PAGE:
(HN, May 15, 2011) - As the world watches another nuclear disaster unfold in Japan, a pair of Canadian photographers have launched an exhibit of images that explore another disaster's aftermath - creeping decay contrasted with regeneration and transformation.
Mathew Merrett and Olena Sullivan have created "Volatile Particles: 25 Years after Chernobyl", a photographic journey through Chernobyl's exclusion zone.
Volatile particles refer to the contaminants that were released into the air from the Chernobyl reactor meltdown, half of these landing outside the immediate area and affecting regions as far as the United Kingdom.
The exhibit was unveiled yesterday in Toronto at the Bezpala Brown Gallery(BBG). It is part of the CONTACT Photography 2011 Festival.
In an interview with HUMNEWS (click here), Sullivan said the exhibit is particularly timely given the ongoing nuclear crisis in Japan. Now that the so-called exclusion zone around Chernobyl is being open by Ukrainian officials to tourism, she voiced concerns that articles left behind by first responders and evacuated residents may be taken by visitors as souvenirs.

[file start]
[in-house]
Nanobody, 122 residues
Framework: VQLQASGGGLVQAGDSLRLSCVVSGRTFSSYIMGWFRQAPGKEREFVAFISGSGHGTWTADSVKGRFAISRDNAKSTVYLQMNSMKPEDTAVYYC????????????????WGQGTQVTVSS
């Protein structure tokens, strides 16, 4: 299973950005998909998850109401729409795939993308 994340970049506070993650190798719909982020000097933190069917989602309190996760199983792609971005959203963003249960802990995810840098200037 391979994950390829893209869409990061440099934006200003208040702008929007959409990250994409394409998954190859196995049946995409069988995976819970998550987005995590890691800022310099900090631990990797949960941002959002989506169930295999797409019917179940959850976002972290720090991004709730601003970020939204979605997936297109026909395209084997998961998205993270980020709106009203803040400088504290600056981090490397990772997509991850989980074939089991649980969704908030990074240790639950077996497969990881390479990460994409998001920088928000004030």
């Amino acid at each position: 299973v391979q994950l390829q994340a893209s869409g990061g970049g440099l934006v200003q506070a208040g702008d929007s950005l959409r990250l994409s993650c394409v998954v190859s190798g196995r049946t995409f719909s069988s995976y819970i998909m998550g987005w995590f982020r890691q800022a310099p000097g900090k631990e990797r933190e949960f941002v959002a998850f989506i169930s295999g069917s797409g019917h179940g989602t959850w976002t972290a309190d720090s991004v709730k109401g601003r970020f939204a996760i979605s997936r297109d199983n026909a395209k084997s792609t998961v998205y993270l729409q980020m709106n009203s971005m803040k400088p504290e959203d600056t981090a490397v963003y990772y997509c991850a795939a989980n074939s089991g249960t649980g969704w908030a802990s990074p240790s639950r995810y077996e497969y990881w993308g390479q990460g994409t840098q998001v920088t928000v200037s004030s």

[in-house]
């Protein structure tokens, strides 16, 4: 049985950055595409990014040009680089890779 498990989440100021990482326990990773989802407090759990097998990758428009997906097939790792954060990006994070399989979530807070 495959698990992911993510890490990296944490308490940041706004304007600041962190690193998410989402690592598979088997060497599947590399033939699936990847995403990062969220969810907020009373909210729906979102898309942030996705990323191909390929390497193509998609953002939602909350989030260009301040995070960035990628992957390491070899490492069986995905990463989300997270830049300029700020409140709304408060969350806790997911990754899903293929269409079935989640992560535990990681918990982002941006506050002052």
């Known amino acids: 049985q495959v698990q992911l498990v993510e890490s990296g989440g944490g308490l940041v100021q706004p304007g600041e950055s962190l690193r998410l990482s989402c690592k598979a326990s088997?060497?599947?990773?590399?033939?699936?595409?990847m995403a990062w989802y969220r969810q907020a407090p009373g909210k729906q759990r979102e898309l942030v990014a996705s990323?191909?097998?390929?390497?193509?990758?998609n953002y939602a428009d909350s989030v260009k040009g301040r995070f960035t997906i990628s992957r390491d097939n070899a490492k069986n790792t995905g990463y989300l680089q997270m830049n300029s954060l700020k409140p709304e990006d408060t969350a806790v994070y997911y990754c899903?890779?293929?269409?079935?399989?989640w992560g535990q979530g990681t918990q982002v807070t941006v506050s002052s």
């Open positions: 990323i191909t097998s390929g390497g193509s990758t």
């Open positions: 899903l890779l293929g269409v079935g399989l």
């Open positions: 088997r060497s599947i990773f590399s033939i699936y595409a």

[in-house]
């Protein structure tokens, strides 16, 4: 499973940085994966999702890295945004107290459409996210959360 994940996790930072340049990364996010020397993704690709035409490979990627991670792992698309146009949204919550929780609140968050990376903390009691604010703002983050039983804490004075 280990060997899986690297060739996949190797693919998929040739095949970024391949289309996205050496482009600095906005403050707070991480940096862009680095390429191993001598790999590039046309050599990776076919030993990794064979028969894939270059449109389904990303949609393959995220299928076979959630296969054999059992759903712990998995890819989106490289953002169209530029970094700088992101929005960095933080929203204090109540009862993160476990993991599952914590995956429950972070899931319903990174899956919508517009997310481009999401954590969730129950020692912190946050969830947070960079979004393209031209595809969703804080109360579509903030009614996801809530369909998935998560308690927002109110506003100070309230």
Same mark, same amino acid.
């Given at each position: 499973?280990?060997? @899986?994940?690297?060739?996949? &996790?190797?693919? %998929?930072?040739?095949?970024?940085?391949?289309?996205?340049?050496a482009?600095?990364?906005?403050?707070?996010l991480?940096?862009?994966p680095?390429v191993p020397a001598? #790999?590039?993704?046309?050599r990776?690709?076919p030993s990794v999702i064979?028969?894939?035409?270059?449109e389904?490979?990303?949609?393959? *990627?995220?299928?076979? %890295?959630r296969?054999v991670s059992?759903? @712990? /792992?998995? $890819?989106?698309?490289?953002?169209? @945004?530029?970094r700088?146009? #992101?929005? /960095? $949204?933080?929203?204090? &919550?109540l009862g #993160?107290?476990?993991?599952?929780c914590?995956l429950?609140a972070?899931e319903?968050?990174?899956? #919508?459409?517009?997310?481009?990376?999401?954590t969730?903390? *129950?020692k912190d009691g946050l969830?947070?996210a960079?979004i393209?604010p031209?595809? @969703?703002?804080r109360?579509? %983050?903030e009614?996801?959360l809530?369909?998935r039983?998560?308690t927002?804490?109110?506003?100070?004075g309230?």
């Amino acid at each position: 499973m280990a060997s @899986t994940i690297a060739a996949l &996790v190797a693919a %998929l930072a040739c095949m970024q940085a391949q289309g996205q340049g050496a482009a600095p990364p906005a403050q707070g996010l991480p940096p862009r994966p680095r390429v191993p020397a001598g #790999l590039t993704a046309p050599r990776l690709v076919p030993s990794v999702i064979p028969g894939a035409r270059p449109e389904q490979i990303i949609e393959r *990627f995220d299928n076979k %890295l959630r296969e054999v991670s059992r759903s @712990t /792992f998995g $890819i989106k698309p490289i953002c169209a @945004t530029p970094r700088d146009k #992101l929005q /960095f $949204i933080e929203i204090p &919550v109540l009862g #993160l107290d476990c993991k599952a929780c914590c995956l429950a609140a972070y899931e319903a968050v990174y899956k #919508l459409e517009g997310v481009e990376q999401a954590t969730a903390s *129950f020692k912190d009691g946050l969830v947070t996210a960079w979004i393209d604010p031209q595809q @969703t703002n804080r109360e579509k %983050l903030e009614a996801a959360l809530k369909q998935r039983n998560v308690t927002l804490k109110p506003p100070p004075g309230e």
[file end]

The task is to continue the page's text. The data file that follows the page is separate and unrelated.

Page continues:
"Tourists don't have as much as a personal take on going to see this location as someone like Mathew and myself may have," Sullivan told HUMNEWS.
The images on display certainly distinguish themselves from most others released to the public: the photography and the superimposing of the day-to-day images of pre-disaster life on current day images that succeed in distinguishing this work from others who have explored the exclusion zone.
In a twist that endows the exhibit with an added element, QR codes link to videos of the disaster or to recipes still used by some of the survivors.
- HUMNEWS staff